This Time I Had To Take a Deep Breath And Remind Myself

that I am not part of some monolith

For President Trump the in defense of the indefensible seems to be working for him. The support of minorities highlighted and emphasized at the latest Trump rally is the defendants’ proof supposedly offered as evidence that Trump is not a racist. As disappointing as this may be for me to observe such absurdity I couldn’t help but feel a sense of defeatism in the fracturing of the unique bond that a multiracial collective should share under the circumstances. Certainly, there are non white people who support the racializations that Trump and his administration proffers. No one disputes that. But what this really disproves is that any race is monolithic in their attitudes, beliefs and behaviors. What this exercise in Trumpism absolutely proves is this one thing that is majorly overlooked, undermined, independent of race, but is absolutely monolithic… 😐😑😐 stupidity.

These are Cipolla’s five fundamental laws of stupidity:

  1. Always and inevitably everyone underestimates the number of stupid individuals in circulation.
  2. The probability that a certain person (will) be stupid is independent of any other characteristic of that person.
  3. A stupid person is a person who causes losses to another person or to a group of persons while himself deriving no gain and even possibly incurring losses.
  4. Non-stupid people always underestimate the damaging power of stupid individuals. In particular non-stupid people constantly forget that at all times and places and under any circumstances to deal and/or associate with stupid people always turns out to be a costly mistake.
  5. A stupid person is the most dangerous type of person.

Corollary: a stupid person is more dangerous than a pillager.

As is evident from the third law, Cipolla identifies two factors to consider when exploring human behaviour:

The few black Trump supporters here hold up “Trump and Republicans Are Not Racist” t-shirts and the crowd goes wild as Andrea Bocelli’s “Time To Say Goodbye” blares from the arena loudspeakers #Cincinnati pic.twitter.com/0edBWleLtg

— Christopher Mathias (@letsgomathias) August 1, 2019

The fly in the ointment or the minorities at Trump rallies are supposed to allow for this skepticism that either confounds and distorts judgement on what has been made blatantly clear of Trump’s racism. If anything it accentuates the stupidity of racism and its adherents. This racialization and its assimilations plays into the racial hierarchical socialization that Trump’s majority support enjoys as privilege and entitlement at the detriment of others. This is epic deindividuation on display.

It is also predicated on a rallying point against democratic congresswoman Rep. Illhan Omar of Minnesota and the stance that she be sent back. Rep. Ocasio-Cortez, Rep. Ayanna Pressley, and Rep. Rashida Tlaib are also targets of a threat of being sent back — and the where, the why, and the how they are to be sent back is also disconcertingly irrational. While none of these Trump supporters have made the rational connection that those remarks are not only just lacking basis and utterly cruel they fail to see how this is antithetical to the essence of being American — like themselves and is a crucial aspect of precedence in how democracy in and of itself works.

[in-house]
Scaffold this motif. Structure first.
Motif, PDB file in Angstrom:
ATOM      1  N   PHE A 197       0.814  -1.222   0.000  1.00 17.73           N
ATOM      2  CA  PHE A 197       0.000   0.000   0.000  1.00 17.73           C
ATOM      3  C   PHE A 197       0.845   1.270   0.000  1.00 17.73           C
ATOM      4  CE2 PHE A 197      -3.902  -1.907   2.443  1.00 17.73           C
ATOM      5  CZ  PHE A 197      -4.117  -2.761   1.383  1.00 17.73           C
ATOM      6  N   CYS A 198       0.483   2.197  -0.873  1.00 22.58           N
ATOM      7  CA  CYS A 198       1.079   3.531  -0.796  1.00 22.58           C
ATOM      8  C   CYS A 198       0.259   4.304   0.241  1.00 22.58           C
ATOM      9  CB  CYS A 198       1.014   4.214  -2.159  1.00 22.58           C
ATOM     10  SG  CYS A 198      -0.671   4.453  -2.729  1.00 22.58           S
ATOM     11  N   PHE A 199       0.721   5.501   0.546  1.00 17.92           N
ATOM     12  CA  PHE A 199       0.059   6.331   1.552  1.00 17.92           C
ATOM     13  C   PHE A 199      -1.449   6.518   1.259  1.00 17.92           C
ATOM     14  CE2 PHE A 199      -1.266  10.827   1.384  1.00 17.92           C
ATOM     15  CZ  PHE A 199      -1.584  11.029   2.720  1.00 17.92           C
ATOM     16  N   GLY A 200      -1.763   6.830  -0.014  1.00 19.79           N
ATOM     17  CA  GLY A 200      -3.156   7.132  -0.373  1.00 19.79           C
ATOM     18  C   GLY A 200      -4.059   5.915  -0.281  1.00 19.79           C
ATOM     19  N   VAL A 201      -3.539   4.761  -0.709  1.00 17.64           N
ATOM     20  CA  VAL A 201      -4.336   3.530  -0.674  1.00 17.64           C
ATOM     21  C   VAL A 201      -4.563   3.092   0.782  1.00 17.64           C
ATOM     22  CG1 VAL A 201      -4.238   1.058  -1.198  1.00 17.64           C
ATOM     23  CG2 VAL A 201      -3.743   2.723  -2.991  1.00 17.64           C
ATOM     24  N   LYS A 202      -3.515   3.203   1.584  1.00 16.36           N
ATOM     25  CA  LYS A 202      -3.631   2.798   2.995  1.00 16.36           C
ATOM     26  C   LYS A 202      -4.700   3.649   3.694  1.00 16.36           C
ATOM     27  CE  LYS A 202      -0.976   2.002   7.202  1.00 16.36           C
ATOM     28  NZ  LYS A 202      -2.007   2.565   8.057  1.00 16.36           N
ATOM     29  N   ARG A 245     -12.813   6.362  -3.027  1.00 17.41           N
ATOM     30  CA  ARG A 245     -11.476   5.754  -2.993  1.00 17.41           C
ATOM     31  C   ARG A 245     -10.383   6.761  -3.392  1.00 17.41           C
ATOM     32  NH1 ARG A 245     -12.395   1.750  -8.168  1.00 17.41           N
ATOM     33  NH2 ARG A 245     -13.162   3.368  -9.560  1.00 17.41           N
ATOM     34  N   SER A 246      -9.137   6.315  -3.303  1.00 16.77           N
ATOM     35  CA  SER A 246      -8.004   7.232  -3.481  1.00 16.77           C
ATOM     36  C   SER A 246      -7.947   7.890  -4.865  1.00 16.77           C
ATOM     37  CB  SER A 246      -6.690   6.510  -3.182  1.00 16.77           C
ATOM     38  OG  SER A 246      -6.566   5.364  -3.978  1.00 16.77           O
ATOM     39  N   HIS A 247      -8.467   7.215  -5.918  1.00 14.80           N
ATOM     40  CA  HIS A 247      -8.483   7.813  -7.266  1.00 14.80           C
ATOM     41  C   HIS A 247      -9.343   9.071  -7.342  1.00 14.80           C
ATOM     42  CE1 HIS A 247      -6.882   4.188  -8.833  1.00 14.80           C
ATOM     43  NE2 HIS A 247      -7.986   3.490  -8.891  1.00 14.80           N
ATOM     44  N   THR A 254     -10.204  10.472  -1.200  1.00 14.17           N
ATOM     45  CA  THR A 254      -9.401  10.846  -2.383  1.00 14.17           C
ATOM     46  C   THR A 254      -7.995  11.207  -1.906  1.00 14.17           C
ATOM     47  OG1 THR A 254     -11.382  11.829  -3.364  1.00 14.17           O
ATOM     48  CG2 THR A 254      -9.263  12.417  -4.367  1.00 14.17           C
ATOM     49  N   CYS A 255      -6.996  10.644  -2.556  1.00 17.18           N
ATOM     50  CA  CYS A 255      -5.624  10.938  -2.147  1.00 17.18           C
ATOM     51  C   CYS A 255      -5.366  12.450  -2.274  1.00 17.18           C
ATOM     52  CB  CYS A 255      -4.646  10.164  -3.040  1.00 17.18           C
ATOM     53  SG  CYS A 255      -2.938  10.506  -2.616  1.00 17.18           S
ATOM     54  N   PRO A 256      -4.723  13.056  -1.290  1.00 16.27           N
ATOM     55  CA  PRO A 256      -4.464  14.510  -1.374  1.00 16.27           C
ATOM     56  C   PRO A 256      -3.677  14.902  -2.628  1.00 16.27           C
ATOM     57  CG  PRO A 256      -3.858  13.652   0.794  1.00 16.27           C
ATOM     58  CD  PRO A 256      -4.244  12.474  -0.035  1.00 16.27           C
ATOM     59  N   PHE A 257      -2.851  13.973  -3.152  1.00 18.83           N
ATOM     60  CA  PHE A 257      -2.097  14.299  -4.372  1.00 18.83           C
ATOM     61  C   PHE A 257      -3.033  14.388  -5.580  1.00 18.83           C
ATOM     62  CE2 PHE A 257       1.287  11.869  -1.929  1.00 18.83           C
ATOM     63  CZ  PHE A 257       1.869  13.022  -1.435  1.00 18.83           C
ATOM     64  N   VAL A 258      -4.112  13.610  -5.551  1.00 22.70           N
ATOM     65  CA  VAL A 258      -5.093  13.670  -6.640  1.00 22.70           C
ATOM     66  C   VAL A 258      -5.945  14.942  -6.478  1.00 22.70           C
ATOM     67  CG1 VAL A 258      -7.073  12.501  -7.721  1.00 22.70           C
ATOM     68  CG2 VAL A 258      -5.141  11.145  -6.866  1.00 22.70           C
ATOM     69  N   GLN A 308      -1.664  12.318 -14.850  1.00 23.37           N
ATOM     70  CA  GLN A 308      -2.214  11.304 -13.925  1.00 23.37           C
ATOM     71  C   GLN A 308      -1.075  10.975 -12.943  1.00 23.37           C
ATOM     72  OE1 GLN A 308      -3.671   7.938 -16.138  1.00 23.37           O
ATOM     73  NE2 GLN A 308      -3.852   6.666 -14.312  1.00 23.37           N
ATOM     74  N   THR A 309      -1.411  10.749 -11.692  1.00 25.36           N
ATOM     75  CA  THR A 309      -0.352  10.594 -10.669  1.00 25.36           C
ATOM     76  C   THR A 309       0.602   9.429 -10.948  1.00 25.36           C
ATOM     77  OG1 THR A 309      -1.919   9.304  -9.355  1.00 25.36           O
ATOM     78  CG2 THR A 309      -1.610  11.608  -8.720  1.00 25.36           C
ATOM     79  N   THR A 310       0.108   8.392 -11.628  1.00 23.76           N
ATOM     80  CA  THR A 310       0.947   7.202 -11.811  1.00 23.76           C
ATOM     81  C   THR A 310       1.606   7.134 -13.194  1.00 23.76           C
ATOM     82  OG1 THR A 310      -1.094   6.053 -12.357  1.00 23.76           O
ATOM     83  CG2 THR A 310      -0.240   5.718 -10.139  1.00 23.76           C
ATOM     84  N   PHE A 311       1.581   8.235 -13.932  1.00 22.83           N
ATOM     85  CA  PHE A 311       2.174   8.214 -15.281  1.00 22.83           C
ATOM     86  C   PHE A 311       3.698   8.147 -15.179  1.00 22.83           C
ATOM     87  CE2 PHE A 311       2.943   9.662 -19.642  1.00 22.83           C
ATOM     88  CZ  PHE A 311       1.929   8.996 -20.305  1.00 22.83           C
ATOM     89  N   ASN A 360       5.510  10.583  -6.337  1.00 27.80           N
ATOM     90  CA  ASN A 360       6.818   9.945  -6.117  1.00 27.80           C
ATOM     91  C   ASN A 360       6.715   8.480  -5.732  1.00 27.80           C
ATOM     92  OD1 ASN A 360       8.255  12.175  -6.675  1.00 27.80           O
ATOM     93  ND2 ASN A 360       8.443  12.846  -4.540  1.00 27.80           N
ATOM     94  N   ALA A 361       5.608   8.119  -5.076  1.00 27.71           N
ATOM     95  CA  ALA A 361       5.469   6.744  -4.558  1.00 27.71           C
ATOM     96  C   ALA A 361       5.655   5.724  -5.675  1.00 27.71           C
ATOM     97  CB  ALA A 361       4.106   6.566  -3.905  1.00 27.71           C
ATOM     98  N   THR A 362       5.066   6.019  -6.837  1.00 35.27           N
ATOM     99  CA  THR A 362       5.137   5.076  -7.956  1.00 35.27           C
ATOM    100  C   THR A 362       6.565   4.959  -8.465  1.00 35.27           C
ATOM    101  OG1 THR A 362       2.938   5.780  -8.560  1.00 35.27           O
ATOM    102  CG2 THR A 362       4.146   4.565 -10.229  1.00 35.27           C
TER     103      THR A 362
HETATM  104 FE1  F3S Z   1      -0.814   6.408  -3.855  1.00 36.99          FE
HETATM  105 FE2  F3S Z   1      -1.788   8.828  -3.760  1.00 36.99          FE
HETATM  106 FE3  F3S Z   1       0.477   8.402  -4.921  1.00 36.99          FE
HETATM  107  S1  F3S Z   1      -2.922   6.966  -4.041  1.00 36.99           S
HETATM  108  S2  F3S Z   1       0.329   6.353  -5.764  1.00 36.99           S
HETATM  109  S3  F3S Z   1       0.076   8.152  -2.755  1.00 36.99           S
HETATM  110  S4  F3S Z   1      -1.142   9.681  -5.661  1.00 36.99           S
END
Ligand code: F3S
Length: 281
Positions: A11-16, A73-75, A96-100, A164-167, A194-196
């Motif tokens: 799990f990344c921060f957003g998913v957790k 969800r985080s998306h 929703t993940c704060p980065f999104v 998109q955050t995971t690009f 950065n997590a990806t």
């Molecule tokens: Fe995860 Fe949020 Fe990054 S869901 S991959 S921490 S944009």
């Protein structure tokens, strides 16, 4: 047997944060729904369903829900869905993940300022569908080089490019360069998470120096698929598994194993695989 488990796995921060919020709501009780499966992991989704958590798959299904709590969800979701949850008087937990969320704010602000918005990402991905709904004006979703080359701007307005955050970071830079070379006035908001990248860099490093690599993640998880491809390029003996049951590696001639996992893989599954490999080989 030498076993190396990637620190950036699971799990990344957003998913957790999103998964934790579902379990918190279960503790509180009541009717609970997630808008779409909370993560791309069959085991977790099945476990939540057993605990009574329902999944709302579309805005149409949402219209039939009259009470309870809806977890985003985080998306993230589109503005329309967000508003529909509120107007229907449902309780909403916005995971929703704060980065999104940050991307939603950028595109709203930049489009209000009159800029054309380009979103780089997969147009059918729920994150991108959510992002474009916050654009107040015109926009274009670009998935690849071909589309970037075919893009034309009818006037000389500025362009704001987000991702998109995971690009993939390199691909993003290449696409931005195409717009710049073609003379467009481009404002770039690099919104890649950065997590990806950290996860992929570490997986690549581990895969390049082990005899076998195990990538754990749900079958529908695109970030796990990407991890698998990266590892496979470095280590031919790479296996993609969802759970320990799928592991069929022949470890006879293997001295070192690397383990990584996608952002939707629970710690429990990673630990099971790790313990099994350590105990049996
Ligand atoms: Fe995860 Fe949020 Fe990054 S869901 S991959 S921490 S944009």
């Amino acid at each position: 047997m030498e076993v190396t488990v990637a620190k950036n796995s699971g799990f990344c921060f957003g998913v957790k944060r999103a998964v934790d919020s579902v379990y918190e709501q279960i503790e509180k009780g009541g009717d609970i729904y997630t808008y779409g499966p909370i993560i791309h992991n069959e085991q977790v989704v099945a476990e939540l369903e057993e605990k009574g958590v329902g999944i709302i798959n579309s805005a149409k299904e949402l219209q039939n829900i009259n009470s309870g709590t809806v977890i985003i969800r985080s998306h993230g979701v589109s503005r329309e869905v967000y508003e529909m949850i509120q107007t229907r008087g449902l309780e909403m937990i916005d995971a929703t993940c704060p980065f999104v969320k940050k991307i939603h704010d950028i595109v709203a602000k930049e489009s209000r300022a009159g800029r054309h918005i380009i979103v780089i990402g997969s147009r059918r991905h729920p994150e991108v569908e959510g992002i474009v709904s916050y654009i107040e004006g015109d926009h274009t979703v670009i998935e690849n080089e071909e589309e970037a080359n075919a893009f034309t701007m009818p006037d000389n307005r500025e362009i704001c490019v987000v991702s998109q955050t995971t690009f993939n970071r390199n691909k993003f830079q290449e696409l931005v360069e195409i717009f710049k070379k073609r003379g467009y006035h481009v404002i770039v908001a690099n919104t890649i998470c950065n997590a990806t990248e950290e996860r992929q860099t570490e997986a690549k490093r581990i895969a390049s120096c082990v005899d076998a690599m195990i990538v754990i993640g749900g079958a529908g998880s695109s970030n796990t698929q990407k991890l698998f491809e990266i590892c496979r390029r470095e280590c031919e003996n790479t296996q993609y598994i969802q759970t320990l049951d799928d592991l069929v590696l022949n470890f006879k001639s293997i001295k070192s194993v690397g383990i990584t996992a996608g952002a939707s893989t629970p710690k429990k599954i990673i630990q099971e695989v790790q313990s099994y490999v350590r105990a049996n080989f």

Generally speaking, if any ideologue, charlatan, or authoritarian is able to get a sizeable amount of people to go against their own interests or better judgement to further that of the charlatan’s own interests — increasing their own influence into power, it is always haphazardly seen as genius. Motivated ignorance is never in short supply, so the ease to which this is done is not all that impressive.

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This awful emotive that is this negatively unwelcoming sentiment in this instance is incredibly shallow in its thinking. This is similar to how a bully can corral a herd mentality by giving a false sense of belonging or to being on the right side — no pun intended of a fight perceived as unwinnable from the side claiming to have already won.

All of this has nothing to do with our more positive trait of togetherness, which is something that seemingly and interestingly is not enjoyed as much as our divisiveness is. 🧐 Which brings me to why those captions of, or semblances of minorities supporting Trump’s racism are so emphasized in the way that they are. This is suppose to reinforce the effectiveness of status quo — marginalization and oppression — or mob rule. Or simply just the vast ubiquitousness of stupidity. I say its both.

The ability to get a few of those minorities to go against their own interests and own better judgment is key to the acculturation it proffers which psychologically differs for that of the non minority. Clearly under the “send them back” mantra, they get to dictate who they feel comfortable with or who they perceive as acting in accordance with and thus determine what a real American is and is not. That logic seems to condescend to the uninformed premise and mindset of who is really getting to make that sort of racist ill-advised decision. Joining them encourages and inspires this placating effect further and subjugates minorities as a whole to pledge their worth as 2nd class citizens under this strange deleterious allegiance. It has cherry picking connotations that makes those who were born here, and for those were not born here (but are U.S. citizens) subject to more nuanced discriminations, biases and prejudices simply if they do not align with the interests and or stereotyping of this herd mentality.